Why anti-phishing training is not enough

Not only is relying on employee awareness insufficient to prevent sophisticated social engineering attacks, some training methods can create other problems.

It’s time for us to take a close look at why we rely so heavily on end users to spot phishing scams that can put an entire business at risk. As hackers continue to advance their social engineering techniques, phishing attacks become harder to detect and are missed. 39% of the time. Even though you may think your anti-phishing training program is up to date, your organization will continue to be exposed for as long as email is needed for business operations.

Because we all interact with email on a daily basis, we have a blind degree of trust despite ongoing and sophisticated anti-phishing training. On numerous occasions, hackers attempt to elicit emotional responses from their target, for example by sending urgent messages “from” human resources or the CEO. These are more likely to result in inappropriate downloads or email responses that can damage the entire organization.

File sharing Email is another necessary business function that puts the organization at significant risk of breach. According to Proofpoint “2021 State of Phishing Report“Attachment-based attacks are becoming more common and employees often cannot differentiate malicious emails from those containing files they need to collaborate, especially when remote working is so common. Currently, the average failure rate for attachment-based attacks is 20%, much higher than for URL-based attacks at 12%.

Why anti-phishing training is not successful
If you think this is just a pandemic-related issue, think again, as it predates COVID-19. In 2019, 68% of organizations focused on raising awareness of link-based attacks, compared to just 10% of organizations that focused on attachment-based attacks. And 65% of the phishing tests with the highest failure rates were attachment-based, with most emails appearing to be from a recognizable internal account, such as a supervisor or someone in HR.

Notably, the HR department is at increased risk of falling victim to an attachment-based attack due to resumes and other files from outside sources with which they engage on a daily basis. For example, in 2020, hackers were able to avoid a sandbox by inserting malware into resumes and medical leave forms.

Additionally, training that can put a strain on employees who open an email from an untrusted source creates additional problems. Giving employees the impression that they are going to be fired if they fail a test or miss a dangerous email can create trauma during phishing training.

Finally, the programs can also appear insulting. For example, the Tribune Publishing Company has received negative feedback after sending anti-phishing training emails promising big bonuses – amid a global pandemic as journalists were laid off and faced pay cuts. Such incidents can cause serious disconnections between the security team and the rest of the organization. It also doesn’t help create a sense of camaraderie or motivate people to learn more about safety.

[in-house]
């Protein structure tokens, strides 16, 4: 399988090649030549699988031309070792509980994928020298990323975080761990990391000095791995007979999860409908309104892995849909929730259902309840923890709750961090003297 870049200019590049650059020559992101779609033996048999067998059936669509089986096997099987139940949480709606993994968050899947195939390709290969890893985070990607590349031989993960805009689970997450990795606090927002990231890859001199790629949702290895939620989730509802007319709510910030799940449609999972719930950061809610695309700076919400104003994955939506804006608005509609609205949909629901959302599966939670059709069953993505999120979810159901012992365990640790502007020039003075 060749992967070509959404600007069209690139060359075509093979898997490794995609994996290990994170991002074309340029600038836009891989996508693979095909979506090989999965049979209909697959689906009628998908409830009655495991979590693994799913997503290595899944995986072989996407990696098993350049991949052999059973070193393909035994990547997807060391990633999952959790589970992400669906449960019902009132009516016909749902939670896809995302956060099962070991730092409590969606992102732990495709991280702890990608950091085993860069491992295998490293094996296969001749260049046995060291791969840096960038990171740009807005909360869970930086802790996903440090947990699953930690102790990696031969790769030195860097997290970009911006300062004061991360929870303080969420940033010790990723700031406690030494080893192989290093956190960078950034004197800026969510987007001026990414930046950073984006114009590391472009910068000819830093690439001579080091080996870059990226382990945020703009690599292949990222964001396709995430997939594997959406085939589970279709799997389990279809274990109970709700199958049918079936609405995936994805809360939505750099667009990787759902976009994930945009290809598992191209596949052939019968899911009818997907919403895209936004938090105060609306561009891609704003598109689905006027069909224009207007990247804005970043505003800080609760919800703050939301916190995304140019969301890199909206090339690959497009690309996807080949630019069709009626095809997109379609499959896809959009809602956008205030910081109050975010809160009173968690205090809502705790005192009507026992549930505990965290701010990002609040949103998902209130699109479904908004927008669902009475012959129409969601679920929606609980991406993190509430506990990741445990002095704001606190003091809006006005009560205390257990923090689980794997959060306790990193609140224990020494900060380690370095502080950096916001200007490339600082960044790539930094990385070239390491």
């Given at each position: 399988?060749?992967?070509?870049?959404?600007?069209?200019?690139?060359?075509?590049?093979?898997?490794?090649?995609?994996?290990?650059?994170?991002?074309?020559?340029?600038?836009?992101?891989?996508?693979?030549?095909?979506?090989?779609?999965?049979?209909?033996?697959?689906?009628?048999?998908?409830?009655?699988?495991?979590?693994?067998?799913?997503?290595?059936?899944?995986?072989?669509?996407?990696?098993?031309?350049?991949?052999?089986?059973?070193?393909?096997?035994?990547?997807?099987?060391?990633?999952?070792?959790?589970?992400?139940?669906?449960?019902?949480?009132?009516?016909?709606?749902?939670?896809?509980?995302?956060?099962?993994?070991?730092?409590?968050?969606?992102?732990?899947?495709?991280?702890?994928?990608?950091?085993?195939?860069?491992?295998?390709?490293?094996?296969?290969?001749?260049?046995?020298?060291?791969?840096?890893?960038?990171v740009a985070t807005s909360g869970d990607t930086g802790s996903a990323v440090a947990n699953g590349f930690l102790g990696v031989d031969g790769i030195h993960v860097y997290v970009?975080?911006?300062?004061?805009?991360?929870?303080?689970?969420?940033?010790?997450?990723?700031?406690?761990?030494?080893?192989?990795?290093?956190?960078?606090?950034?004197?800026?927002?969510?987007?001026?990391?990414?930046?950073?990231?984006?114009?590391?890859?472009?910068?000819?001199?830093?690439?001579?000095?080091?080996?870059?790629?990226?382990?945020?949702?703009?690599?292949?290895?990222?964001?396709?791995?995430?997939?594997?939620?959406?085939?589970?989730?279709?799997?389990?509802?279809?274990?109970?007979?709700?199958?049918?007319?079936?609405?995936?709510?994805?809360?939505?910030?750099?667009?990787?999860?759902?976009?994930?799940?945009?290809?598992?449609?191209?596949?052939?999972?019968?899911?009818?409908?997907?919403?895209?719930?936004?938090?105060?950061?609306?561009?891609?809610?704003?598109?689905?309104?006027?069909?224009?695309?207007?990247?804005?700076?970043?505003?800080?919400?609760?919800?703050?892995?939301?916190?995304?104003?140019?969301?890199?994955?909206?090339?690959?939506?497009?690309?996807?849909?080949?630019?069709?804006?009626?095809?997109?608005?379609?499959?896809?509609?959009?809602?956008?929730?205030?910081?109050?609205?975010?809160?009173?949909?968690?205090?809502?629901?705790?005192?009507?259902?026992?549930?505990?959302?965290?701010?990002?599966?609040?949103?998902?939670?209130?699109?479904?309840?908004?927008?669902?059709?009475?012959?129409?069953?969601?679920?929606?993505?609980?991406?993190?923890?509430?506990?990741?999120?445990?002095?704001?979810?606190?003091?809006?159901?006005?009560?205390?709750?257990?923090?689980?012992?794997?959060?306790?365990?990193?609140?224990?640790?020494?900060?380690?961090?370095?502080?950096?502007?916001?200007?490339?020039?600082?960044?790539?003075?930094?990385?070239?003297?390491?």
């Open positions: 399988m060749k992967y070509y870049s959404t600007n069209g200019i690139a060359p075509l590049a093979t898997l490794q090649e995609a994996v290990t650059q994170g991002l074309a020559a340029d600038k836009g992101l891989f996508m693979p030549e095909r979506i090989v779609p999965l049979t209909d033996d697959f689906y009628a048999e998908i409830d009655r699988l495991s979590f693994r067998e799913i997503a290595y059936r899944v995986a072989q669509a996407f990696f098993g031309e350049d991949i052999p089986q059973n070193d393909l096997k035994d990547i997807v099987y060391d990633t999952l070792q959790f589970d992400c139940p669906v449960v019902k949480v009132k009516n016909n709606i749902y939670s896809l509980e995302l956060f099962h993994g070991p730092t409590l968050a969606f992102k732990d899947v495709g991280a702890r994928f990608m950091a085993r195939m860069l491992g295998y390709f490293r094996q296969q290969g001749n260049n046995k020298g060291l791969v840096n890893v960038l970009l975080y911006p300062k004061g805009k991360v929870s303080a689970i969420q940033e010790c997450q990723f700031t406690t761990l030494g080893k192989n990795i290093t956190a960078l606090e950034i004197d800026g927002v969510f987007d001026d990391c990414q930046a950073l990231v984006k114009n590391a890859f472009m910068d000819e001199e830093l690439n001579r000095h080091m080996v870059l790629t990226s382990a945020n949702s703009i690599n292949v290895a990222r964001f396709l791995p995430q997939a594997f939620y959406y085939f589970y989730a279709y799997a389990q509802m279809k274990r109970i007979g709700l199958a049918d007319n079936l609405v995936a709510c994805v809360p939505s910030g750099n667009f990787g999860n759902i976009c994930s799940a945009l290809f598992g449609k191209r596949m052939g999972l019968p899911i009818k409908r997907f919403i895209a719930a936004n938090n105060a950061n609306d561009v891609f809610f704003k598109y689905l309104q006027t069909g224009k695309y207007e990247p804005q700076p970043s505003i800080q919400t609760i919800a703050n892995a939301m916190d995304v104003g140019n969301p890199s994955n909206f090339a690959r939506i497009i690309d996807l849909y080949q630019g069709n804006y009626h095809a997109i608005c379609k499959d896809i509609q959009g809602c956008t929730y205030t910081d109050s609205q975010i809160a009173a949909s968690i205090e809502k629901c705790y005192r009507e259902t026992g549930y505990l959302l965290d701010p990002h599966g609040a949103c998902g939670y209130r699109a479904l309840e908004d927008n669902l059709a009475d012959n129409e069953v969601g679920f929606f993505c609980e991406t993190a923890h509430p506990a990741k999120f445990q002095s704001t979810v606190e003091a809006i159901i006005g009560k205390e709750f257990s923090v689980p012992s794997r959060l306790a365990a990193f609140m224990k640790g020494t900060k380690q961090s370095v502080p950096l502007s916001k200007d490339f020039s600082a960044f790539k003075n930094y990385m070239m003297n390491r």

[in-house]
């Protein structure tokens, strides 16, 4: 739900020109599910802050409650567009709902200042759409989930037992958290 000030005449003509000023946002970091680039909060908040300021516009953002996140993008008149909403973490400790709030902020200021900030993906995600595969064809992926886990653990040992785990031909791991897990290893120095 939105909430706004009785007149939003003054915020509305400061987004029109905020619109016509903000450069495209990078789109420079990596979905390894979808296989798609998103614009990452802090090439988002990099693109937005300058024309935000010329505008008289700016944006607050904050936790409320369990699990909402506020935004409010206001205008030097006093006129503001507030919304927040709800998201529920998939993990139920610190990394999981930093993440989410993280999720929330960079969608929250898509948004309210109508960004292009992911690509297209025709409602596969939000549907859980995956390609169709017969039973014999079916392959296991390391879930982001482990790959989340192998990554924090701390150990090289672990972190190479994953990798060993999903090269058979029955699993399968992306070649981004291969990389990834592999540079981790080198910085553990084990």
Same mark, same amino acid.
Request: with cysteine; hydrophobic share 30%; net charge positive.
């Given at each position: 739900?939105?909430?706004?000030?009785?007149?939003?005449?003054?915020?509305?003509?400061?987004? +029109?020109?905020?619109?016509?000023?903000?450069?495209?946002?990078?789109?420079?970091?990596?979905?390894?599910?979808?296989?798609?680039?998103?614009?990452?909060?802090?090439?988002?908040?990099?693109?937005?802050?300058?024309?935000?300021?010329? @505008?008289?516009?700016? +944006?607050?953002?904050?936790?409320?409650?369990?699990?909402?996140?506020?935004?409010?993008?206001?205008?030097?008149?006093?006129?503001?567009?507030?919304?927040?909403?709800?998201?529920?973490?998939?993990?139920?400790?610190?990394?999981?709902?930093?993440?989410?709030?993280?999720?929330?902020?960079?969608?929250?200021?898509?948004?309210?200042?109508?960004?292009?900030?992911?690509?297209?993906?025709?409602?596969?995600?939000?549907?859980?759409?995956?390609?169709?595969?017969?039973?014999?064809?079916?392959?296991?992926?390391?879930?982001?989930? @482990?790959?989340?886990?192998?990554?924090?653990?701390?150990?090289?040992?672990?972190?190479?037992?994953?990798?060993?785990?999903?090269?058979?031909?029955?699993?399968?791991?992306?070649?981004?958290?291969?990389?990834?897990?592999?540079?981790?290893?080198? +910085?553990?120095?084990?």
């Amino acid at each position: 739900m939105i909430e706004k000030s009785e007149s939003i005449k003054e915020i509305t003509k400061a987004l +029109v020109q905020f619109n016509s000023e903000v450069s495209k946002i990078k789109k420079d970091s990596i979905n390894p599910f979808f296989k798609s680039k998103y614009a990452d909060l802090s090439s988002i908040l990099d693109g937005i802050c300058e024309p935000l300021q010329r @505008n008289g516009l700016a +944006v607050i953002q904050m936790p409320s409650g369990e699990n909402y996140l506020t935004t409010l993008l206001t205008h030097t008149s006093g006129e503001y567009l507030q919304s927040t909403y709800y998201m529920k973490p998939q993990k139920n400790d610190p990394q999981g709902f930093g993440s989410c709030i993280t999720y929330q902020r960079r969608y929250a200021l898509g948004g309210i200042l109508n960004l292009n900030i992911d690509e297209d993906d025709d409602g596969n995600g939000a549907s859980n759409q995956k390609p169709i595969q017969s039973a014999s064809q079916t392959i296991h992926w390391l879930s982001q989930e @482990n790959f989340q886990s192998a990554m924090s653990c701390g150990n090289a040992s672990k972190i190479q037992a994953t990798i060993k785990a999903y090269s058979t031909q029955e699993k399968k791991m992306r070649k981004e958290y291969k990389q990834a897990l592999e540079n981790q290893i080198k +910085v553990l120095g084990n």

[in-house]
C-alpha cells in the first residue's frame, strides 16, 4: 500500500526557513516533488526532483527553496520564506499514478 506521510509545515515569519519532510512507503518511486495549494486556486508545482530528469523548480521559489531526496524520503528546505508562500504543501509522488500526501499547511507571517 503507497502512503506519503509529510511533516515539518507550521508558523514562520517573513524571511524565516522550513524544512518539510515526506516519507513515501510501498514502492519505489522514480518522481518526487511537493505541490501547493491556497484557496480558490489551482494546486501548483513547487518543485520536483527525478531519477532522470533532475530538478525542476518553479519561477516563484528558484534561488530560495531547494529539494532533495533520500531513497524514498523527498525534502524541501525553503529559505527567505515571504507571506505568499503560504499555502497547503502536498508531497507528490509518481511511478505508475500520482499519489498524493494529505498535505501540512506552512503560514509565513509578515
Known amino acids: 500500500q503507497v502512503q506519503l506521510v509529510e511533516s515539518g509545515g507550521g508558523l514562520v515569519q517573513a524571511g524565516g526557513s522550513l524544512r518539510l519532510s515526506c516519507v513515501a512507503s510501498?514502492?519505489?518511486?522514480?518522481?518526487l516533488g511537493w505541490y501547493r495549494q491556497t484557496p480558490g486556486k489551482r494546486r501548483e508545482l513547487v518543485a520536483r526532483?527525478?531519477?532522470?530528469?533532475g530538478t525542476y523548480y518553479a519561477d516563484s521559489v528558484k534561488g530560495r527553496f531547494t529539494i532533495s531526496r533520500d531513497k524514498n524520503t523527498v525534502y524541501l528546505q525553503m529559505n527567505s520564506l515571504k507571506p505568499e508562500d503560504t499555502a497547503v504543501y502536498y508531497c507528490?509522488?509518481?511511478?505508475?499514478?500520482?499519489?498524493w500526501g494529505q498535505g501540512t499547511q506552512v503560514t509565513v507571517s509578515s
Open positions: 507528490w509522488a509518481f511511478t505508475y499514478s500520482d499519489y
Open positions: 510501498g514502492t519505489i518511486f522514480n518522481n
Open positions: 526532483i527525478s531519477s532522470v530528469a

It’s time to stop blaming end users
Beyond users being duped by increasingly sophisticated – and socially designed – phishing campaigns and other cyber exploits, there is a plethora of threats against which user awareness training – and most of the security solutions – can not do anything against. Solutions that rely on signature databases and cannot detect zero-day exploits or undisclosed threats can leave significant gaps. Zero-day malware is constantly being developed and eludes some of the best detection mechanisms. Yet the security defenses of many organizations largely focus on threat detection as well as anti-phishing training.

These solutions can give end users a false sense of security that they are protected no matter what, when many threats can slip through the cracks. If a security solution can’t detect these threats, why would you want employees to be able to detect them? Deploying detection-based solutions and employing user awareness training will not provide the protection businesses need.

Even if better-trained users could stop more attacks and create more secure cyber ecosystems, over-reliance on phishing training will be insufficient, especially given recent developments that strain awareness training. in place. Once organizations shifted to large-scale remote working, phishing training moved down the list of priorities. And cuts in security budgets threaten to withdraw funding for more advanced and effective measures.

Put simply, putting all your eggs in the cybersecurity awareness basket is ineffective. Organizations should devote more resources to prevention solutions rooted in data and technology, which have a much better chance of keeping up with the rapidly changing threat landscape and do not place the blame on well-meaning employees.

Aviv Grafi is CEO and Founder of Votiro, an award-winning cybersecurity company specializing in neutralizing files of all kinds using Secure File Gateway solutions. Aviv is the lead software architect for Votiro’s enterprise solution, which is based on a unique positive approach … See full bio

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James F. So